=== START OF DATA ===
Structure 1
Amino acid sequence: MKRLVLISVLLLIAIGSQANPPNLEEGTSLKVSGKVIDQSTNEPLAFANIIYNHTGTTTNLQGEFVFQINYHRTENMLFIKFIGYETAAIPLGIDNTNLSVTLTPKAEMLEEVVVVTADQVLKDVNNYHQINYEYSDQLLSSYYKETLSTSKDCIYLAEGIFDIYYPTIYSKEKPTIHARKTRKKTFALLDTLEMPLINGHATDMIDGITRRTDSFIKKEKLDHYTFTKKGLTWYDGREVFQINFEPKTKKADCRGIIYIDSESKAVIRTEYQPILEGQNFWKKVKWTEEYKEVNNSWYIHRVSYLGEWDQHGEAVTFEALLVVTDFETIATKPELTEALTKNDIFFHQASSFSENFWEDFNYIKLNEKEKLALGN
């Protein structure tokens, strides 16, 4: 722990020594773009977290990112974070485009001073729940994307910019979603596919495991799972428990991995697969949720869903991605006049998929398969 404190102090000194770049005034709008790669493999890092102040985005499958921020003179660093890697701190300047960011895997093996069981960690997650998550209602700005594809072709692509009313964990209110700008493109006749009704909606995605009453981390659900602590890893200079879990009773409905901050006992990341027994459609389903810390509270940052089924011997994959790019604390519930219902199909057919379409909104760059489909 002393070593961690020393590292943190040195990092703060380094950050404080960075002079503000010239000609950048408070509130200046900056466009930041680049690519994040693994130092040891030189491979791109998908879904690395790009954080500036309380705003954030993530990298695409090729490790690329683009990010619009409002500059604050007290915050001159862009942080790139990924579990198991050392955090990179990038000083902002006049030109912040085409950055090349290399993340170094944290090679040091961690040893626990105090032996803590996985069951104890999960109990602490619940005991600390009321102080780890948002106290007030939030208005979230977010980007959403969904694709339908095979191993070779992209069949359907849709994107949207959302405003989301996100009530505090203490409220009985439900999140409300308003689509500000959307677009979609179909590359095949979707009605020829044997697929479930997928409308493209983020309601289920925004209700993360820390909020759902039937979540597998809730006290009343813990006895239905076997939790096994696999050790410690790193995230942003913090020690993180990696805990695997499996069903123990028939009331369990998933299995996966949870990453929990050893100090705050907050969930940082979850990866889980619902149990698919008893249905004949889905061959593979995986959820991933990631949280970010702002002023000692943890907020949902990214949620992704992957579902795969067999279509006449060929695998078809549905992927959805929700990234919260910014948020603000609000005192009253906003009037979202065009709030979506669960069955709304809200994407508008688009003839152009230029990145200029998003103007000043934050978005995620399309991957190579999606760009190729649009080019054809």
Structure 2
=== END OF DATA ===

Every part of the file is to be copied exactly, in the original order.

Structure 1
Amino acid sequence: MKRLVLISVLLLIAIGSQANPPNLEEGTSLKVSGKVIDQSTNEPLAFANIIYNHTGTTTNLQGEFVFQINYHRTENMLFIKFIGYETAAIPLGIDNTNLSVTLTPKAEMLEEVVVVTADQVLKDVNNYHQINYEYSDQLLSSYYKETLSTSKDCIYLAEGIFDIYYPTIYSKEKPTIHARKTRKKTFALLDTLEMPLINGHATDMIDGITRRTDSFIKKEKLDHYTFTKKGLTWYDGREVFQINFEPKTKKADCRGIIYIDSESKAVIRTEYQPILEGQNFWKKVKWTEEYKEVNNSWYIHRVSYLGEWDQHGEAVTFEALLVVTDFETIATKPELTEALTKNDIFFHQASSFSENFWEDFNYIKLNEKEKLALGN
């Protein structure tokens, strides 16, 4: 722990020594773009977290990112974070485009001073729940994307910019979603596919495991799972428990991995697969949720869903991605006049998929398969 404190102090000194770049005034709008790669493999890092102040985005499958921020003179660093890697701190300047960011895997093996069981960690997650998550209602700005594809072709692509009313964990209110700008493109006749009704909606995605009453981390659900602590890893200079879990009773409905901050006992990341027994459609389903810390509270940052089924011997994959790019604390519930219902199909057919379409909104760059489909 002393070593961690020393590292943190040195990092703060380094950050404080960075002079503000010239000609950048408070509130200046900056466009930041680049690519994040693994130092040891030189491979791109998908879904690395790009954080500036309380705003954030993530990298695409090729490790690329683009990010619009409002500059604050007290915050001159862009942080790139990924579990198991050392955090990179990038000083902002006049030109912040085409950055090349290399993340170094944290090679040091961690040893626990105090032996803590996985069951104890999960109990602490619940005991600390009321102080780890948002106290007030939030208005979230977010980007959403969904694709339908095979191993070779992209069949359907849709994107949207959302405003989301996100009530505090203490409220009985439900999140409300308003689509500000959307677009979609179909590359095949979707009605020829044997697929479930997928409308493209983020309601289920925004209700993360820390909020759902039937979540597998809730006290009343813990006895239905076997939790096994696999050790410690790193995230942003913090020690993180990696805990695997499996069903123990028939009331369990998933299995996966949870990453929990050893100090705050907050969930940082979850990866889980619902149990698919008893249905004949889905061959593979995986959820991933990631949280970010702002002023000692943890907020949902990214949620992704992957579902795969067999279509006449060929695998078809549905992927959805929700990234919260910014948020603000609000005192009253906003009037979202065009709030979506669960069955709304809200994407508008688009003839152009230029990145200029998003103007000043934050978005995620399309991957190579999606760009190729649009080019054809």
Structure 2